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Java Programming [Archive] - Boolean hashCode
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Registered: 04/03/99
Re: Boolean hashCode  
Aug 2, 2004 2:03 PM (reply 30 of 30)

jsr-84 passes a map to the service provider for implementation specific properties.

I can't pretend to be familiar with the JSR in question, so I'll have to take it on spec. Sure, it sounds like that may be a case where you'll have to use a map of objects. It doesn't sound like an attractive interface to me, however, and I'm suspicious that there may well be a more natural way to provide the facility.

In most cases I've seen maps being passed
across APIs, they are used in this manner.

Well, that's entirely untrue for me. In most cases where I've seen maps being passed across the API they are mapping strings to objects of one known type.

And we're not just talking about Map, we're talking about the all Collection classes, and indeed the rest of the standard library. Here's an example in the JAAS Subject class,
public Set getPrincipals()

Which would be preferable as
public Set<Principal> getPrincipals()

I've seen my share of real world abuses of that particular method. People have a tendancy to assume that it returns strings for some unholy reason. God knows why, but they do and it's very clearly documented.

Sure, that's a better API if that's what you want to do. So ?

I'm in the habit of writing software that does what I want it to do. Give an
example of something you want to do.

I want the user to obtain a list, not have to convert it into a Foo (hidden list) and pass it to my API. Specifically, I want to standardize my API to play nicely with other libraries, because the less glue code my users have to write, the fewer bugs there will be.

While I'm talking about users, incidentally...

I've never had a user ask for something to
operate on a list of strings,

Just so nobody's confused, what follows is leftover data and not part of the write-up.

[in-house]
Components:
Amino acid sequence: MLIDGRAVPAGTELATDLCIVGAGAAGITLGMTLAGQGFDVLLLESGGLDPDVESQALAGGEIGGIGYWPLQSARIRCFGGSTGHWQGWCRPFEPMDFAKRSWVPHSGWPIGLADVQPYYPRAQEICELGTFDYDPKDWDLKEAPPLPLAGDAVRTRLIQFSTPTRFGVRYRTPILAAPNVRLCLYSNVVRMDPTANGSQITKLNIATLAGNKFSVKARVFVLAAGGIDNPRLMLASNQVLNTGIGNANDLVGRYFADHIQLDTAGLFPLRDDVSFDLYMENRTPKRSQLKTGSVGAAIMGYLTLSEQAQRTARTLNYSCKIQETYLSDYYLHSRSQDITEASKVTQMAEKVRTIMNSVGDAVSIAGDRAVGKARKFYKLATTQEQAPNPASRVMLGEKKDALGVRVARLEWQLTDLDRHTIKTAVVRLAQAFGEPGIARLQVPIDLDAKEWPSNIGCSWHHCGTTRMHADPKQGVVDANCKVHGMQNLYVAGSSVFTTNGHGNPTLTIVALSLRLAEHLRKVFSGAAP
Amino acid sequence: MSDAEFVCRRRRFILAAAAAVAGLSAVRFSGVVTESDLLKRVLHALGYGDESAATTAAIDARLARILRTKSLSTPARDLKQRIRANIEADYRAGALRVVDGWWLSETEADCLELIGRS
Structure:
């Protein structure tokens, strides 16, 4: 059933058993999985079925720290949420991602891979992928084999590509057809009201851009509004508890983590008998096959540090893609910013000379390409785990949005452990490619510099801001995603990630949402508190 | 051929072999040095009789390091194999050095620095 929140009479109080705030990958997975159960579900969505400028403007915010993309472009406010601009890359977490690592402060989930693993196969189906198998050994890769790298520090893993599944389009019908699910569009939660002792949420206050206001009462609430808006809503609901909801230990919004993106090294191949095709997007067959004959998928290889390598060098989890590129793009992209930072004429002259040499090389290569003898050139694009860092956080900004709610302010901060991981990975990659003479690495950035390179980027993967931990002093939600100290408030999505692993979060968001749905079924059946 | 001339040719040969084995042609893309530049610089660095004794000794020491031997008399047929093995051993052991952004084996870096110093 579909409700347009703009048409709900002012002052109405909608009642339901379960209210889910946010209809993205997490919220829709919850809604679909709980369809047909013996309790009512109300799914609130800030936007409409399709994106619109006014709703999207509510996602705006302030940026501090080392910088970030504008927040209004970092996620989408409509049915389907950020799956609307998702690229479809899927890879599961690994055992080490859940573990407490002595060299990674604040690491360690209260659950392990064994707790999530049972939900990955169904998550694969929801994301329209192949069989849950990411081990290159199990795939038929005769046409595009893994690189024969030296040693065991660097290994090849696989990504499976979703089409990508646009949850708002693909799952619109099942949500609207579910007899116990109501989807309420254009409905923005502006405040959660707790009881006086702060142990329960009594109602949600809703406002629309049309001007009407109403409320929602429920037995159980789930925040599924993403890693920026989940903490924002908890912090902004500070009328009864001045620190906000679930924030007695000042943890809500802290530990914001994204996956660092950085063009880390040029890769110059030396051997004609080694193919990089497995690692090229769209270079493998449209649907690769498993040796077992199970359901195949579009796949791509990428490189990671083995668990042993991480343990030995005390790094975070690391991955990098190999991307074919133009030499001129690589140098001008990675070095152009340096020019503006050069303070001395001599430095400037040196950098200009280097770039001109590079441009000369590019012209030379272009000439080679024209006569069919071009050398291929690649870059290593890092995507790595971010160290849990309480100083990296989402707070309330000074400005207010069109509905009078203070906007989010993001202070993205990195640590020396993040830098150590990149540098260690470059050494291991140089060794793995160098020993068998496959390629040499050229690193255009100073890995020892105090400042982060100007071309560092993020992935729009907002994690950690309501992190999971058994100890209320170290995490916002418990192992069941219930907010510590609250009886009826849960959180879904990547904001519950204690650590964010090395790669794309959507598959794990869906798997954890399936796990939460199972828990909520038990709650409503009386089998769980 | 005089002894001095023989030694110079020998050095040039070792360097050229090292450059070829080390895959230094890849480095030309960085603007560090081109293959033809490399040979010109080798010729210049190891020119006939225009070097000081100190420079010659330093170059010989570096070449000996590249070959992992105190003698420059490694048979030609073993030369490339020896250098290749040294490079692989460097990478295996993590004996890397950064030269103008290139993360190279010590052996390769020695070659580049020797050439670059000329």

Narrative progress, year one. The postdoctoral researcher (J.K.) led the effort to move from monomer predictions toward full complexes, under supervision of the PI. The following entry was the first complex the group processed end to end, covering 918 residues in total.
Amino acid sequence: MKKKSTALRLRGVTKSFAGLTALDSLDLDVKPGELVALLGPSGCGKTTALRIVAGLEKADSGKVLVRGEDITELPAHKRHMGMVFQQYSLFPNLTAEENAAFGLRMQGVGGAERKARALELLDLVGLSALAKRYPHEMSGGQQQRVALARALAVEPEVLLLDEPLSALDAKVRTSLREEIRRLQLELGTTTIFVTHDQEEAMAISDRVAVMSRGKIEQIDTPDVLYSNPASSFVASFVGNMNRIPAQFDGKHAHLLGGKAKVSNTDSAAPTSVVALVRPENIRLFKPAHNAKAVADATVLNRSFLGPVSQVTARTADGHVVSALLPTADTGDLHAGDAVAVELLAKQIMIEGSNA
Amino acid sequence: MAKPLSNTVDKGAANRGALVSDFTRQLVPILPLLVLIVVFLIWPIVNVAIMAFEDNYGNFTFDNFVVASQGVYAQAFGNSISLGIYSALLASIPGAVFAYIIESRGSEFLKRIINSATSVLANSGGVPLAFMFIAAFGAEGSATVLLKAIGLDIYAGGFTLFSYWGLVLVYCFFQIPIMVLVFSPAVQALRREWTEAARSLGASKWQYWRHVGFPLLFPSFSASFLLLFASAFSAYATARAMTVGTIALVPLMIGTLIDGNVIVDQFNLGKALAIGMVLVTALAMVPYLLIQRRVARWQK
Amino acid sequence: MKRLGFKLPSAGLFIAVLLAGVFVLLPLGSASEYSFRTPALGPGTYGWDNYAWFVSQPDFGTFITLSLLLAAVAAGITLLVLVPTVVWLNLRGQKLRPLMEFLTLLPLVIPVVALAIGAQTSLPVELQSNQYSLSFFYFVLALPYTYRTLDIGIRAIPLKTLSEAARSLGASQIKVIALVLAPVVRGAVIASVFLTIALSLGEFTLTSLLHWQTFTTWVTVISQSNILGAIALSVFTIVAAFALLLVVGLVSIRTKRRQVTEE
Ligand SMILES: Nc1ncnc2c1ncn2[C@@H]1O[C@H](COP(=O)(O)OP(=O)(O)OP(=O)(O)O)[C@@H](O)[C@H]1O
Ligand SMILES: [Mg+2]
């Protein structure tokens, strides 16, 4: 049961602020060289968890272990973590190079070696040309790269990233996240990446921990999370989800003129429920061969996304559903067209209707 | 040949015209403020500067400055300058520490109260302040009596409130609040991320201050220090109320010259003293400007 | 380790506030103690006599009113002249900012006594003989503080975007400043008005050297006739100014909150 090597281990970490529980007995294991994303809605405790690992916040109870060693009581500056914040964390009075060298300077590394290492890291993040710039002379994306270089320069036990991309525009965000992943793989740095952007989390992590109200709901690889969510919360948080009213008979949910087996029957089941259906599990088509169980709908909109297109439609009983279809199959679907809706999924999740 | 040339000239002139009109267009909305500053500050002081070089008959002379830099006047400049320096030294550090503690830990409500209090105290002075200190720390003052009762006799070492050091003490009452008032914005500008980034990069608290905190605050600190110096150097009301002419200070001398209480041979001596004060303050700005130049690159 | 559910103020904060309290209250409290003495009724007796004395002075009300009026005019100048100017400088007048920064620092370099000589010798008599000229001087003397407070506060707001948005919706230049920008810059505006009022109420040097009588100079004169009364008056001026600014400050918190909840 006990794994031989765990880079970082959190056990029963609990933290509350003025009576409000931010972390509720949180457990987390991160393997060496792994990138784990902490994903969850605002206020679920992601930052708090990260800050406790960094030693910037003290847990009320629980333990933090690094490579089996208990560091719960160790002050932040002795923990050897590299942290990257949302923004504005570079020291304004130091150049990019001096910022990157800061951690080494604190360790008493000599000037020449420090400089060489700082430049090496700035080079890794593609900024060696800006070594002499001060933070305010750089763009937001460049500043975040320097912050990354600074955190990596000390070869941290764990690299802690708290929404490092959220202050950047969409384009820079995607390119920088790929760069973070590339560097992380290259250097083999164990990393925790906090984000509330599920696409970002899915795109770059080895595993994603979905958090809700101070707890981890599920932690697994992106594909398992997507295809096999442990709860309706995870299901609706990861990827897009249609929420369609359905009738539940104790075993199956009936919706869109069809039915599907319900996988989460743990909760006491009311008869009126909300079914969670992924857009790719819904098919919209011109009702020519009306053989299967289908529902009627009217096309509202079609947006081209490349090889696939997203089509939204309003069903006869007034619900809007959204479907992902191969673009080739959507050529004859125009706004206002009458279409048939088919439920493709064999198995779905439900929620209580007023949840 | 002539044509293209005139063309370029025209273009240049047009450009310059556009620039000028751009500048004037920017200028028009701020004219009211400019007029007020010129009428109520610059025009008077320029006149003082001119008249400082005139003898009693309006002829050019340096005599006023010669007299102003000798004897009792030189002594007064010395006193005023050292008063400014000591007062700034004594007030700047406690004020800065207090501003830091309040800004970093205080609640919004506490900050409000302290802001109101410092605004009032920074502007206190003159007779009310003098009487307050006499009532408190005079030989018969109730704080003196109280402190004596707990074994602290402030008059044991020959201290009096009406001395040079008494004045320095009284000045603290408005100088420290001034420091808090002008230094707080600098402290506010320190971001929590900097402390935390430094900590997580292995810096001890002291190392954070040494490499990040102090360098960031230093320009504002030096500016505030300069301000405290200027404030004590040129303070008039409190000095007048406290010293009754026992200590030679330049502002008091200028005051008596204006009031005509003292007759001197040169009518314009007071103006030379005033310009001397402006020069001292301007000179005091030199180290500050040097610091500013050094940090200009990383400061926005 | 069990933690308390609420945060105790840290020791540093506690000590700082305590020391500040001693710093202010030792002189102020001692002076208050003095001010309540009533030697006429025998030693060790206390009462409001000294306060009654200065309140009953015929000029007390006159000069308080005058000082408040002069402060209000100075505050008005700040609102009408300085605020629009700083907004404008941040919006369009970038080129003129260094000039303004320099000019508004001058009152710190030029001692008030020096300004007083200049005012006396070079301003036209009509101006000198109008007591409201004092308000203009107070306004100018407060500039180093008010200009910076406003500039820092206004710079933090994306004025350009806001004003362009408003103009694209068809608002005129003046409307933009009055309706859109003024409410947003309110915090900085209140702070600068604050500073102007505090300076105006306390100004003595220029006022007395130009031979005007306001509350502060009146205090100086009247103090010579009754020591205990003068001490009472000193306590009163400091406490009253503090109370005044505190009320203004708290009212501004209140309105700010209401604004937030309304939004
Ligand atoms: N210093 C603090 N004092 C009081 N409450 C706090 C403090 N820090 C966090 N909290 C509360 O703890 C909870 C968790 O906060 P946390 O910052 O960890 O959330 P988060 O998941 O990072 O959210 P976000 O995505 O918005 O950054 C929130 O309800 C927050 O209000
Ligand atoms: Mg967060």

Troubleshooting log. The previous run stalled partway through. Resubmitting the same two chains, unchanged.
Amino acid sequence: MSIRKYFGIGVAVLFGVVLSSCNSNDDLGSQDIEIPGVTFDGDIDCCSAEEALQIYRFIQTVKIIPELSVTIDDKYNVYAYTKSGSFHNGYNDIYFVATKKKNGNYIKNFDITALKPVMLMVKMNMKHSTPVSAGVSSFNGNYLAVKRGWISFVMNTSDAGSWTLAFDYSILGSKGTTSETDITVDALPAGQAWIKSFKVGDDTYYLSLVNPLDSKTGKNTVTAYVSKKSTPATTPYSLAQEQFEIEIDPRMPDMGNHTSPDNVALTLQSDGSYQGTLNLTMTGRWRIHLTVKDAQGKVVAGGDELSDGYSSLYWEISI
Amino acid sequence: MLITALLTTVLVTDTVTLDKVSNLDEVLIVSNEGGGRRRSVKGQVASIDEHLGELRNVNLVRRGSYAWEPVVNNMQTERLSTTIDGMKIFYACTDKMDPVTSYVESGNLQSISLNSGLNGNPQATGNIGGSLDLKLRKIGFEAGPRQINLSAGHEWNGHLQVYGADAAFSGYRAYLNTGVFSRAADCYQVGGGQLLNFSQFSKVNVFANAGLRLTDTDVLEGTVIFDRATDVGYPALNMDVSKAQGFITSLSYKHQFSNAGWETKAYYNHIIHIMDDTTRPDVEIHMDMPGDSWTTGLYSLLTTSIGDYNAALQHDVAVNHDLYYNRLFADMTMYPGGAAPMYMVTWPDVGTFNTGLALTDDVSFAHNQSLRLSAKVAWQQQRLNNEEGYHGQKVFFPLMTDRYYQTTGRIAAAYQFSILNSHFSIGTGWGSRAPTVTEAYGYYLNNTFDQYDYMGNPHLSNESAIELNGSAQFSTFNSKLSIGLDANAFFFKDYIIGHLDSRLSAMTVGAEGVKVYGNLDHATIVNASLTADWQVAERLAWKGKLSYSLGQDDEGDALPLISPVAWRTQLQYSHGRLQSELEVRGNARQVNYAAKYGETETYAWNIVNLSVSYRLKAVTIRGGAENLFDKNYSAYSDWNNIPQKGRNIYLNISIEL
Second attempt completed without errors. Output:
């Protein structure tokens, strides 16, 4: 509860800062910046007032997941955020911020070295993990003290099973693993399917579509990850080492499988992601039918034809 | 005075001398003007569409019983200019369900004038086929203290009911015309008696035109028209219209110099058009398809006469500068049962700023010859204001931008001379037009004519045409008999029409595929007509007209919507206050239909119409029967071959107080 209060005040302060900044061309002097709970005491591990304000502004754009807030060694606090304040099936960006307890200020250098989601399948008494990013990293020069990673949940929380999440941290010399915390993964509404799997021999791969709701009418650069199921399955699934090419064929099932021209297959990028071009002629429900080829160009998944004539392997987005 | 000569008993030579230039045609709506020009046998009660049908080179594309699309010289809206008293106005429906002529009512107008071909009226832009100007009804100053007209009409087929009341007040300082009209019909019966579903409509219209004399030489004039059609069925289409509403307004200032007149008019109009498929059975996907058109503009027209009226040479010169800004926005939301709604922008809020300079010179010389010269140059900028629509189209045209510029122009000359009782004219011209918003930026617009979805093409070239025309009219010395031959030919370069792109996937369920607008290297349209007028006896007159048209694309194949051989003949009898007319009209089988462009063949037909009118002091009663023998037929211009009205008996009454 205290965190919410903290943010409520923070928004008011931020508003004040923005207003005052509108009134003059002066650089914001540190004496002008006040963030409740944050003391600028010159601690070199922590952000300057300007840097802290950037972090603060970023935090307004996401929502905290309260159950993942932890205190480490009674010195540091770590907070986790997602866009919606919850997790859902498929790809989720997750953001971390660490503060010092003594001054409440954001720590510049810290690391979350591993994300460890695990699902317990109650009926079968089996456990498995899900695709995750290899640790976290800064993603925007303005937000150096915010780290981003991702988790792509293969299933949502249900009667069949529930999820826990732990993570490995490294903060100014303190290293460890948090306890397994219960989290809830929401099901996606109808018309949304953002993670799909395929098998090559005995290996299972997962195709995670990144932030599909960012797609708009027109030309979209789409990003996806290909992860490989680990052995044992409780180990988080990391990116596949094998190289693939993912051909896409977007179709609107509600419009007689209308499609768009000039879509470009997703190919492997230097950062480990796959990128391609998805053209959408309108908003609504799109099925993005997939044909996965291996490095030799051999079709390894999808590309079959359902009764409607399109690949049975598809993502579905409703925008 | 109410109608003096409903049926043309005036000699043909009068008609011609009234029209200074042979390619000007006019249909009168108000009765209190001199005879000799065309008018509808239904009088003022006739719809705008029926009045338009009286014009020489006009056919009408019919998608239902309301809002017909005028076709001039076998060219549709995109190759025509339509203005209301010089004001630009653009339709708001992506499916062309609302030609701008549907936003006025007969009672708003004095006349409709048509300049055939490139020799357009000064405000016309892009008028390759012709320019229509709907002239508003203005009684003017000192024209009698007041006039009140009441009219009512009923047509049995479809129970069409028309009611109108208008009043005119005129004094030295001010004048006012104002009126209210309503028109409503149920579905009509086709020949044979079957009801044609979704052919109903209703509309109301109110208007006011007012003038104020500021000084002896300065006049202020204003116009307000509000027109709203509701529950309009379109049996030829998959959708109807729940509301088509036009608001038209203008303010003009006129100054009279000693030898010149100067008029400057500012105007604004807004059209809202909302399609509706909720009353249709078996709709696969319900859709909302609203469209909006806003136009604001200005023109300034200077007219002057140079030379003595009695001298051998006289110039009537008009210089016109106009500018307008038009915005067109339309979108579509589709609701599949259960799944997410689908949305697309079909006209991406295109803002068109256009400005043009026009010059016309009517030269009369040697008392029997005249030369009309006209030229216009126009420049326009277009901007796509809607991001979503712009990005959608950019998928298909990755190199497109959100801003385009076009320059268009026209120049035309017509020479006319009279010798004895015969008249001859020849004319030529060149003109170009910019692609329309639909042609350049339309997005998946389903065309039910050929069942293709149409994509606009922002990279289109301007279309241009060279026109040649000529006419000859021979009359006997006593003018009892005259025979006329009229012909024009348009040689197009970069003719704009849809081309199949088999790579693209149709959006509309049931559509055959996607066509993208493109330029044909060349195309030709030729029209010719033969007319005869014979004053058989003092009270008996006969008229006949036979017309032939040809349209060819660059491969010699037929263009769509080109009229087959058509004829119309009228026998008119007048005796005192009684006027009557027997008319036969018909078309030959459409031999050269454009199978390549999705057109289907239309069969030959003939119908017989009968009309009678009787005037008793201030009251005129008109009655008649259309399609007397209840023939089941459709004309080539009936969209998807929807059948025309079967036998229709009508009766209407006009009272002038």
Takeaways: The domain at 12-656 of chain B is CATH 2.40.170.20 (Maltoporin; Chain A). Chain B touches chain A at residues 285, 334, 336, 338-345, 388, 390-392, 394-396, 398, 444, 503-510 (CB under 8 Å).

My users are twofold - my colleagues, who expect me to write standard parts of an application and use it in a reasonable intuitive way, and our clients who use that software. Sure, I've never had a customer ask for a list of Client objects, but yes, I've had plenty of colleagues expect me to make the equivalent of a List<Client> available to them. Saying "no, you need to use a Foo (hidden list)" would stink to high heaven of Not Invented Here syndrome.

Here's a fairly typical example of where I would like to be using them. Here's a typical method after generification:
public Collection<User> getUsers();

Here's a call to that code.
if( users.contains(client) ) {   //...}

Now, why should my colleagues have to hassle me to write a contains method on my client method, and indeed since the thing I'm returning palpably IS a collection, why should I not use inheritance to express that ? Not doing so is just plain contrary to OO techniques. Sure, if the thing I was returning wasn't a collection I'd use something else, but it IS one.

<snip macros>

I dislike macros. That may well be more prejudice than reasoned argument, but I have a huge distaste for mixing my languages, even more so when one or more of the languages is not a widespread standard.

If you like macros then you have a completely different philosophy of design to me - and I'm unsurprised that we're disagreeing on a relatively trivial point like generics.

Begin rant.

I suspect that we work in very different environments. Most of my code gets a lot of other peoples grubby fingers on it, and I have to work with a lot of legacy code that has very variable quality. In short, I have to live with my mistakes, and I have to live with other peoples mistakes. Generics for me does indeed offer an additional level of expressiveness at the API level. It does allow me to say "this is a list of User objects" and force the person calling into that code to take account of that.

Unit tests with macros, on the other hand, offer me an additional set of tasks that won't get the attention they deserve (every company claims to use unit testing, very few do it wholeheartedly) and another tool to watch break.

End rant.

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